Posted by Barry Silverstein on October 13, 2010 11:30 AM
What's a little company to do when it goes head-to-head with giant competitors who outspend it on advertising by as much as ten to one? Well for one thing, it can appropriate nature.
That's what Marcal has done by appointing its Small Steps brand (launched a year ago; see above) the "Official Sponsor of Fall Foliage." The company's new campaign includes ads, a Fall Foliage photo contest on its website, Twitter and Facebook, and exclusive sponsorship of YankeeFoliage.com, a website published by Yankee magazine devoted to New England fall foliage.
It's a natural tie-in for Marcal which, since its introduction in 1950, has used recycled paper for its bath tissue, facial tissue, paper towels and napkins.
In 2009, Marcal rebranded as "Marcal Small Steps," adopting the slogan, "A small, easy step to a greener Earth." Nowadays, the Marcal Small Steps pitch seems to be right in line with consumer sentiment.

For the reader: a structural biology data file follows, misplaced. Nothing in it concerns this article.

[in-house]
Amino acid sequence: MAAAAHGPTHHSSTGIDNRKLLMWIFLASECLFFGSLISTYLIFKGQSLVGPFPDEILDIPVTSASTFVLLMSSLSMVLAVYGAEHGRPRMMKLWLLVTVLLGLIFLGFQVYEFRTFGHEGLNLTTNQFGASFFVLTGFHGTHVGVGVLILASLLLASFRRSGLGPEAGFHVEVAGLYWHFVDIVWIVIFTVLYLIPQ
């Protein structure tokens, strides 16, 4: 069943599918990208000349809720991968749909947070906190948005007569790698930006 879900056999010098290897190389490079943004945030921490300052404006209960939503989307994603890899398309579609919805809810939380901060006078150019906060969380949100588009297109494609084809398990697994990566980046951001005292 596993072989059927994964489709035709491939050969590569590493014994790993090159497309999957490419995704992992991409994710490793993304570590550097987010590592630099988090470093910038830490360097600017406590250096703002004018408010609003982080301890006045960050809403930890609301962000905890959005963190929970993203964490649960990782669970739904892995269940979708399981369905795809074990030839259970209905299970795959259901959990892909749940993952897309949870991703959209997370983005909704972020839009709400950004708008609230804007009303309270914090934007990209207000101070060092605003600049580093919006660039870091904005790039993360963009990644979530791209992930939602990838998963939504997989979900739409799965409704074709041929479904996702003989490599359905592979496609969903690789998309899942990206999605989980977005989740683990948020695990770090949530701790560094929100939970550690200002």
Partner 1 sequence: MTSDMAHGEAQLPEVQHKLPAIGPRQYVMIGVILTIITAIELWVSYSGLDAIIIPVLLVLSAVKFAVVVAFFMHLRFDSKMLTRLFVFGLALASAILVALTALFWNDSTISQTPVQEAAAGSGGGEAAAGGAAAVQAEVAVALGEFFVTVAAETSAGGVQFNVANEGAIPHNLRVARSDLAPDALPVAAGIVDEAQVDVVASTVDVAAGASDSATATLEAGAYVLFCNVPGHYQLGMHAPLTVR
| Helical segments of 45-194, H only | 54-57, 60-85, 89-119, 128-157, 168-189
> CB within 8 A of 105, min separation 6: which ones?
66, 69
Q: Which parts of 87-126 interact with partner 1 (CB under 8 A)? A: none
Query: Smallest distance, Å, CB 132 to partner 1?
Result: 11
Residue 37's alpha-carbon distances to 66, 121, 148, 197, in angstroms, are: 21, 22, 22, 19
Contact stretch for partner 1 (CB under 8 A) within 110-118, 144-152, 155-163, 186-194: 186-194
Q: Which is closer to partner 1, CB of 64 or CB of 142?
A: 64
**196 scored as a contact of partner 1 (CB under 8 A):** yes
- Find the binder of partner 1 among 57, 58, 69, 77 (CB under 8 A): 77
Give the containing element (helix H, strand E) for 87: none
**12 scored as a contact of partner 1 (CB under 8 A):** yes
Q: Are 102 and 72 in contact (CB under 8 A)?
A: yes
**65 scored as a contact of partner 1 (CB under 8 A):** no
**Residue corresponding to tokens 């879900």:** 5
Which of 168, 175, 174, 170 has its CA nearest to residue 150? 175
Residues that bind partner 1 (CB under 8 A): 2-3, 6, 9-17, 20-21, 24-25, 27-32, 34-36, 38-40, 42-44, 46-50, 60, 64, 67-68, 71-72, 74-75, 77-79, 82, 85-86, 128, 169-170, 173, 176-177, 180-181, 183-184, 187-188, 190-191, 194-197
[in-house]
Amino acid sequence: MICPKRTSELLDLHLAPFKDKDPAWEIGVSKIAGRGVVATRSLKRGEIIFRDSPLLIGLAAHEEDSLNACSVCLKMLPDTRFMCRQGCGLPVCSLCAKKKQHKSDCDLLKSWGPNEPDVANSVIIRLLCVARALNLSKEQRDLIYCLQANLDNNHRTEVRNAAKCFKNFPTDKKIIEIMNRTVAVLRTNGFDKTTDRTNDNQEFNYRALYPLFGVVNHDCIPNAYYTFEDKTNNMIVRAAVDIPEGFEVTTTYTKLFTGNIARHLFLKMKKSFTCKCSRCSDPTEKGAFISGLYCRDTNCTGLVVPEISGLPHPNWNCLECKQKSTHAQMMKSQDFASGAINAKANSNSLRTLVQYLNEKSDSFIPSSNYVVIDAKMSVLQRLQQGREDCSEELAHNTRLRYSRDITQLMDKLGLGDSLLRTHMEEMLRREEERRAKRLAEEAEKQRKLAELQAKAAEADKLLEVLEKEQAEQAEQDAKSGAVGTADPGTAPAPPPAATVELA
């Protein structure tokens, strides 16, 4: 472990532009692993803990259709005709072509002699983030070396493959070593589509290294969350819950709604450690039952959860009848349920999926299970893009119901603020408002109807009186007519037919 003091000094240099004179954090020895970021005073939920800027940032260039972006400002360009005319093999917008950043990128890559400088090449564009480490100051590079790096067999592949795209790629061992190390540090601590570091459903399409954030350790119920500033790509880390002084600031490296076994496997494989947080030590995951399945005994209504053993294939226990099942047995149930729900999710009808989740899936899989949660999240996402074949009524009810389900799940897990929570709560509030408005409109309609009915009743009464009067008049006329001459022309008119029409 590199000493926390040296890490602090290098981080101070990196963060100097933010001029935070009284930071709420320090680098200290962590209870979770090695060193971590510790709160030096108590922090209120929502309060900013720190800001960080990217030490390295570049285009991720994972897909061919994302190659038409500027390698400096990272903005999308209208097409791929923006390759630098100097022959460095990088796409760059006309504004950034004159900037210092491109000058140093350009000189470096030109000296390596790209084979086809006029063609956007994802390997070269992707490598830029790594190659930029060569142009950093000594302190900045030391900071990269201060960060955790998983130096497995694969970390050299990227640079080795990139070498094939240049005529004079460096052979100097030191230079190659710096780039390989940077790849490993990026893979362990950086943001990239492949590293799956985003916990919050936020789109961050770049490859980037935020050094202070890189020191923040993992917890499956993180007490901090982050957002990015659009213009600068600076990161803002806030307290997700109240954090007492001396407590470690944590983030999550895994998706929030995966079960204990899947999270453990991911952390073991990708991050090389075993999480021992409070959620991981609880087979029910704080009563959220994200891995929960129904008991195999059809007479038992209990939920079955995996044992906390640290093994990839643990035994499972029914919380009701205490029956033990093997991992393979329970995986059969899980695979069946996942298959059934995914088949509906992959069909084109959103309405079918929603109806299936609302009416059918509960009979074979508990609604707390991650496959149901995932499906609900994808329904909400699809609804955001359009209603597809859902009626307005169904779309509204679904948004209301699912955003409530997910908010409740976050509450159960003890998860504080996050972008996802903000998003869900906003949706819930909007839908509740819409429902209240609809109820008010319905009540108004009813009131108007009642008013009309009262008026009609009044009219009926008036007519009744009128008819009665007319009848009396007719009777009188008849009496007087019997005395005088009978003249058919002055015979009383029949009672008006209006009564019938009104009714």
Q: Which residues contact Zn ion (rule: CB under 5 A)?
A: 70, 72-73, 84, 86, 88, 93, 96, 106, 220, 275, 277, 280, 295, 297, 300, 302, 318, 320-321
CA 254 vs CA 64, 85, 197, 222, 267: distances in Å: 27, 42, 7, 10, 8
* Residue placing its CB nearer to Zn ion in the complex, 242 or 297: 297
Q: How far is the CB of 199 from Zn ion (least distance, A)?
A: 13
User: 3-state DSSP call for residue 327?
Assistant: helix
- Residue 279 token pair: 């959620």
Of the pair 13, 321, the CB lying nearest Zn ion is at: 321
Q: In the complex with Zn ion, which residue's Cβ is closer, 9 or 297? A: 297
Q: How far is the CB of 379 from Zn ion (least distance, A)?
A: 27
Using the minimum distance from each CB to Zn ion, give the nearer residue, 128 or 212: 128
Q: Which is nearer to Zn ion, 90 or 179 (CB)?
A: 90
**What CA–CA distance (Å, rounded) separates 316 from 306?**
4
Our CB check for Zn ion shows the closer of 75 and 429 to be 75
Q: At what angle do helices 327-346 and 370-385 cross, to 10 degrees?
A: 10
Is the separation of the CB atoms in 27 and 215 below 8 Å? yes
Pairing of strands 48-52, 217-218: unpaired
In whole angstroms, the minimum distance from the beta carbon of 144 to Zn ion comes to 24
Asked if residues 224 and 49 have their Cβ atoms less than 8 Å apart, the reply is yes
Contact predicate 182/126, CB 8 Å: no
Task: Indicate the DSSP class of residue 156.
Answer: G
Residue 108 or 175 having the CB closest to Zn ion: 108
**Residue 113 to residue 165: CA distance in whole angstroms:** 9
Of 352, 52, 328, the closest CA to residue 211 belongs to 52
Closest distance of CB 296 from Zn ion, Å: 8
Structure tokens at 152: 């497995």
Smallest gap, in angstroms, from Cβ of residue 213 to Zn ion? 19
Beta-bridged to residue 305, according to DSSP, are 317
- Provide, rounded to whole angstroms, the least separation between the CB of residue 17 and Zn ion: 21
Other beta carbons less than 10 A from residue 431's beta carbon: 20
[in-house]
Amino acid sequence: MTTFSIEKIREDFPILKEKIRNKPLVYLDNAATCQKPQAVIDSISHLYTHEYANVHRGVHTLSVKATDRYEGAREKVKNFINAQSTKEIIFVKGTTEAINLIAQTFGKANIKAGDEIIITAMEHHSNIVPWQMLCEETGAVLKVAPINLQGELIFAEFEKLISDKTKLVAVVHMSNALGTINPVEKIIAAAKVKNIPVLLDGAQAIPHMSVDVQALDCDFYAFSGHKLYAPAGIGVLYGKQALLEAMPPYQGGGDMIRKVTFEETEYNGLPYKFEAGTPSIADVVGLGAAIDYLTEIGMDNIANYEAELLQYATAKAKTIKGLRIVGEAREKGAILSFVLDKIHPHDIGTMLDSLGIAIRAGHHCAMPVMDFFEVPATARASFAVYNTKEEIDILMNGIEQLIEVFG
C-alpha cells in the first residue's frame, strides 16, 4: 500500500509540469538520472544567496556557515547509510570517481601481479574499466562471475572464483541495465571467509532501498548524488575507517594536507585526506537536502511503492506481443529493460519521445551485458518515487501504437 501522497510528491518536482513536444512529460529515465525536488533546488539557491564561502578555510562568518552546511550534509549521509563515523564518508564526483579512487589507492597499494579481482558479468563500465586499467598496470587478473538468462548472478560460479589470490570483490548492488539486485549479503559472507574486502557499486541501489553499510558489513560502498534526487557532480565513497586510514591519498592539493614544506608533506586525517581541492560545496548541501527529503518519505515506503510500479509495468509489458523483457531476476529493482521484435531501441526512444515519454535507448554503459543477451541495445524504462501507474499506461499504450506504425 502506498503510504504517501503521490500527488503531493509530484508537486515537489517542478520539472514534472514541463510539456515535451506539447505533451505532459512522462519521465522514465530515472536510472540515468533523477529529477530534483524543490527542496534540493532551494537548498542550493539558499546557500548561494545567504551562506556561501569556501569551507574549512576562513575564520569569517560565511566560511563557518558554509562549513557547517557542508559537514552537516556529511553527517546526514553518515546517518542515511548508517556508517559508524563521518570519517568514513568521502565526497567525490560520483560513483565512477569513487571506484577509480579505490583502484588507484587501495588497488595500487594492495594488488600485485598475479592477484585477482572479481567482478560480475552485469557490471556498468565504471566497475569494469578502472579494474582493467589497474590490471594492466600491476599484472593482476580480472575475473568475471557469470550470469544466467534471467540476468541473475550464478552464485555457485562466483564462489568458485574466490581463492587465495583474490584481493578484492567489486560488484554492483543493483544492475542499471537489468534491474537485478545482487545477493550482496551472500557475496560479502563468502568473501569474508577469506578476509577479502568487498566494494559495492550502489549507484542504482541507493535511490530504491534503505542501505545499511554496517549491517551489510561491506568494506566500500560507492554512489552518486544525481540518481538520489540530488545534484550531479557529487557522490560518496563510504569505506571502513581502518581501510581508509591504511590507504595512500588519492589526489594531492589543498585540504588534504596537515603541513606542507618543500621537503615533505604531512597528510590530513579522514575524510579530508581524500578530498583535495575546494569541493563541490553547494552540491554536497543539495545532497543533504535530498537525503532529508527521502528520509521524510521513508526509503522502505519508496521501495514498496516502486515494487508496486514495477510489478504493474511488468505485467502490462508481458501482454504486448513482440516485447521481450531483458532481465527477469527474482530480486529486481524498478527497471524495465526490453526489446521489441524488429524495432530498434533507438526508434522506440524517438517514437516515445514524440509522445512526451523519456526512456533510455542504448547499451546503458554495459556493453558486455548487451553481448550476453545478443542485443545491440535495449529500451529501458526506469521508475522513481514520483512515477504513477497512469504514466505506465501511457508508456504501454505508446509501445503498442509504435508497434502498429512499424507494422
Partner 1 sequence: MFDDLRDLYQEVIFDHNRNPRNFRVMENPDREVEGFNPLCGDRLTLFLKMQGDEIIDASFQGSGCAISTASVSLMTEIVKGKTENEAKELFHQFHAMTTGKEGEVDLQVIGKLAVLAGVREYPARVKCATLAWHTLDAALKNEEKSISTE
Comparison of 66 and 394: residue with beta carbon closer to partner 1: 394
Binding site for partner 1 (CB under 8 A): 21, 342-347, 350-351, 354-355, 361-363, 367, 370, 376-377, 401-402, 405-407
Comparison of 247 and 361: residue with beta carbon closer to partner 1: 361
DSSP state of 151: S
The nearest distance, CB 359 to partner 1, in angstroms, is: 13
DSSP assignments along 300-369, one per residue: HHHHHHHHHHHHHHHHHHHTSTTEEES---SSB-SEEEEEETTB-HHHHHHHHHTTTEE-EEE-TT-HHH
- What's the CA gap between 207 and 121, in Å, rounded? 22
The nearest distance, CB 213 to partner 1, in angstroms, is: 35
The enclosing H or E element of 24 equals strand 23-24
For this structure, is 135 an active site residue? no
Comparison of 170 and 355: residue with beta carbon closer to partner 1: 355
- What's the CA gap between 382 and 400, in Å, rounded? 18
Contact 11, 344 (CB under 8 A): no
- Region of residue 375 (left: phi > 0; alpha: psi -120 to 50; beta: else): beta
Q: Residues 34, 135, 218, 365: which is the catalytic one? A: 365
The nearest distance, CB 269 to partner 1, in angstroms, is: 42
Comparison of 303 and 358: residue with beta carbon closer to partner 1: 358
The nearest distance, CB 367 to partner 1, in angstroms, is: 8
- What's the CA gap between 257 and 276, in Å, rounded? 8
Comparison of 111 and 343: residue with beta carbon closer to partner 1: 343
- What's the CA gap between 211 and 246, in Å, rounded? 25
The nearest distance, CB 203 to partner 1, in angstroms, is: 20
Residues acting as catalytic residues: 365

The New York Times reports that revenue in the toilet paper category fell 1.1% for the 52-week period ending September 5, but Marcal saw a gain of 11.8% in that category for the same period. Similarly, overall sales of facial tissues declined 3.5% as Marcal gained 7.3% in the category.
In the same year that Marcal changed its name to Marcal Small Steps, competitor Kimberly-Clark debuted Scott Naturals, billed as being made with "just the right amount of recycled fiber." Marcal Small Steps, however, are made entirely from recycled paper.
According to the Times, in 2009 Consumer Reports picked Marcal Small Steps as one of only six out of sixteen brands of toilet paper it recommended, indicating it was of good value provided that "you're willing to trade some softness for a green roll that's 100 percent recycled." Consumer Reports says the product cost "roughly one-third as much" as Seventh Generation, a competing recycled brand.
Still, Marcal Small Steps continues to battle against much larger competitors like Procter & Gamble's Charmin, which, says a spokesperson, doesn't use recycled fiber because, "it could lead to less strength, absorbency and softness." The company says that's what consumers want.
That may be true, but the Times reports that, in 2009, P&G spent nearly $66 million to advertise Charmin, while Marcal spent only $6.8 million to advertise its entire line of recycled products. As Marcal Small Steps continues to gain ground, its modest investment in advertising and its latest sponsorship of fall foliage are paying off very nicely.